Isaiah 13:4 states, “The noise of a multitude in the mountains, like as of a great people; a tumultuous noise of the kingdoms of nations gathered together: the LORD of hosts mustereth the host of the battle” (King James Version).
To “muster troops” means to “assemble troops.” A “host” is an army.
“The church!” the Duke of Gloucester exclaimed. “Where is it? If churchmen had not prayed, his thread of life had not so soon decayed.”
He believed that the churchmen had disliked King Henry V and had prayed for his death; he believed that they had preyed on him. He also was referring to the three Fates when he mentioned the thread of life. The three Fates spun the thread of life, measured it, and cut it. When an immortal Fate cut the thread of life, the mortal human died.
He continued, “You like none except an effeminate, weak, controllable Prince, whom, like a schoolboy, you may overawe.”
All too often, people engage in power struggles. Many churchmen are not exempt from engaging in power politics. The reign of King Henry VI would be marked by many such political struggles, including this one between the Duke of Gloucester and the Bishop of Winchester.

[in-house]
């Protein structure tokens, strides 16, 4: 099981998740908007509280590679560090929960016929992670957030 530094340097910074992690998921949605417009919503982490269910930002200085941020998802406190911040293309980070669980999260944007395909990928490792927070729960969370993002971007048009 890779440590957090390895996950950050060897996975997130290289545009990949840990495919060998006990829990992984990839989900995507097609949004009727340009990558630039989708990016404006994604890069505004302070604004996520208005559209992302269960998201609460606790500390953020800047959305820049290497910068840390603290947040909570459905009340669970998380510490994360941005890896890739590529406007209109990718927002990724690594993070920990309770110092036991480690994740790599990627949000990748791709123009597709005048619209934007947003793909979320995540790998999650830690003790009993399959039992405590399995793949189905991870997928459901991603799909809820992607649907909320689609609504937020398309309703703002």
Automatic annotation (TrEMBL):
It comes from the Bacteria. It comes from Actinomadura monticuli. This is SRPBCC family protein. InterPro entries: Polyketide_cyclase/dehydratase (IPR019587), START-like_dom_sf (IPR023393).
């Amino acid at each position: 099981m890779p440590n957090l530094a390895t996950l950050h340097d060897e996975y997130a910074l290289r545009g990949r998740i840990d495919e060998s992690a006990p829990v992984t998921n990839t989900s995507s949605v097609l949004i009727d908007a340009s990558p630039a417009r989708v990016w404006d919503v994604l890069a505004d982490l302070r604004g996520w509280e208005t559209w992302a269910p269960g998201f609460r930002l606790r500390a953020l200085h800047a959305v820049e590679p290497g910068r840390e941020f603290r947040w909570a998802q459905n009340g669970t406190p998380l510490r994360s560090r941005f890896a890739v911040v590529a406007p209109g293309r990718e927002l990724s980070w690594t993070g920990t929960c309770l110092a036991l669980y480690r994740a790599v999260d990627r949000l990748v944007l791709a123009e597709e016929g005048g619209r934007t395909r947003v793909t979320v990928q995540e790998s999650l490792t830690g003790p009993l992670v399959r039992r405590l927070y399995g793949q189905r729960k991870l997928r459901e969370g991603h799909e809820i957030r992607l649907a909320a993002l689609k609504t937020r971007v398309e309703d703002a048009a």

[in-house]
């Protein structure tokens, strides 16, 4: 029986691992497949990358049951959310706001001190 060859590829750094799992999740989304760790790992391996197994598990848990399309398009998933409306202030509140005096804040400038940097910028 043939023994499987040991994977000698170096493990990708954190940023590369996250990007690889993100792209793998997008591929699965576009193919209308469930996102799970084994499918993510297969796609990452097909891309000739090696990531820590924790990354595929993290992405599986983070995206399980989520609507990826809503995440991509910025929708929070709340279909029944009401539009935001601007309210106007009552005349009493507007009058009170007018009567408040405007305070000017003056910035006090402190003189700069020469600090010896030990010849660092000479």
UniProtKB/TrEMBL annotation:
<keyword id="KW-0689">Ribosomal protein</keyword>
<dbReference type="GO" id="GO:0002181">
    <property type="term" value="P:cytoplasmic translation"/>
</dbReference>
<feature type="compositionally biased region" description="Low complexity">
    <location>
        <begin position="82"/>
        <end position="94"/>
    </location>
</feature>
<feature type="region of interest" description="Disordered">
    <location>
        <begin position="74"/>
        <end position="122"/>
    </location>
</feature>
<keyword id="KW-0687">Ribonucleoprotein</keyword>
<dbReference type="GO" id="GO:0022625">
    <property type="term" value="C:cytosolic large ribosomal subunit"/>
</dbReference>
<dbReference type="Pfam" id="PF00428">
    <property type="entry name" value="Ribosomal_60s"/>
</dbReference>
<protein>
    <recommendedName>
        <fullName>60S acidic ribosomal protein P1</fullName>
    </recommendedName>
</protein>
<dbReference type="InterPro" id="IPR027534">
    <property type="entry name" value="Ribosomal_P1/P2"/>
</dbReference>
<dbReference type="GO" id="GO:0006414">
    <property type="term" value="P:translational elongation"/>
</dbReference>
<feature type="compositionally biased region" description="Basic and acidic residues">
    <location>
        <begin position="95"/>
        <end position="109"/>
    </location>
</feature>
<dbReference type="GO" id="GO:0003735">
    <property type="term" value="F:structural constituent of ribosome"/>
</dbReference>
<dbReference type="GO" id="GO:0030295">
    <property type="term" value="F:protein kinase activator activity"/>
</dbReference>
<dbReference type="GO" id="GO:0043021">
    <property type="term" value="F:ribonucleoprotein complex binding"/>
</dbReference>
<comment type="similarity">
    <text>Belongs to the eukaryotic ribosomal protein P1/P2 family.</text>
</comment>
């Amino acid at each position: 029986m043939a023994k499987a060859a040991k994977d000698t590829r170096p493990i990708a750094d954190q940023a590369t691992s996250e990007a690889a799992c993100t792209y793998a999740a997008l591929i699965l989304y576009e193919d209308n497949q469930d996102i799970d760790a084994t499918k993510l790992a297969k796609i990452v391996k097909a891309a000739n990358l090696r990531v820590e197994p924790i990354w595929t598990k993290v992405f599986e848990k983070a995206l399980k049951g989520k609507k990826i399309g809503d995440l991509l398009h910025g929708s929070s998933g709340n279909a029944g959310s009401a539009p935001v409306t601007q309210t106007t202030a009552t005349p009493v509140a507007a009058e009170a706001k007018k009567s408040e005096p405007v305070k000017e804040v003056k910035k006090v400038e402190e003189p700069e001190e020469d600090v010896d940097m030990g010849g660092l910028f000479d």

The Bishop of Winchester replied, “Duke of Gloucester, whatever we like, you are the Lord Protector and you intend to command both the Prince and the realm. Your wife is proud; she makes you afraid of her more than God or religious churchmen can make you afraid.”
“Don’t talk about religion, for you love the flesh,” the Duke of Gloucester said, “and never throughout the year do you go to church except to pray against your foes.”
The Duke of Bedford said, “Stop! Stop these quarrels and rest your minds in peace. Let’s go to the altar. Heralds, wait on us. Instead of gold, we’ll offer up our weapons, since weapons are of no use to us now that King Henry V is dead. Posterity, expect wretched years, during which babes shall suck at their mothers’ moist eyes, our isle shall be made a nurse of salt tears, and none but women shall be left to wail the dead.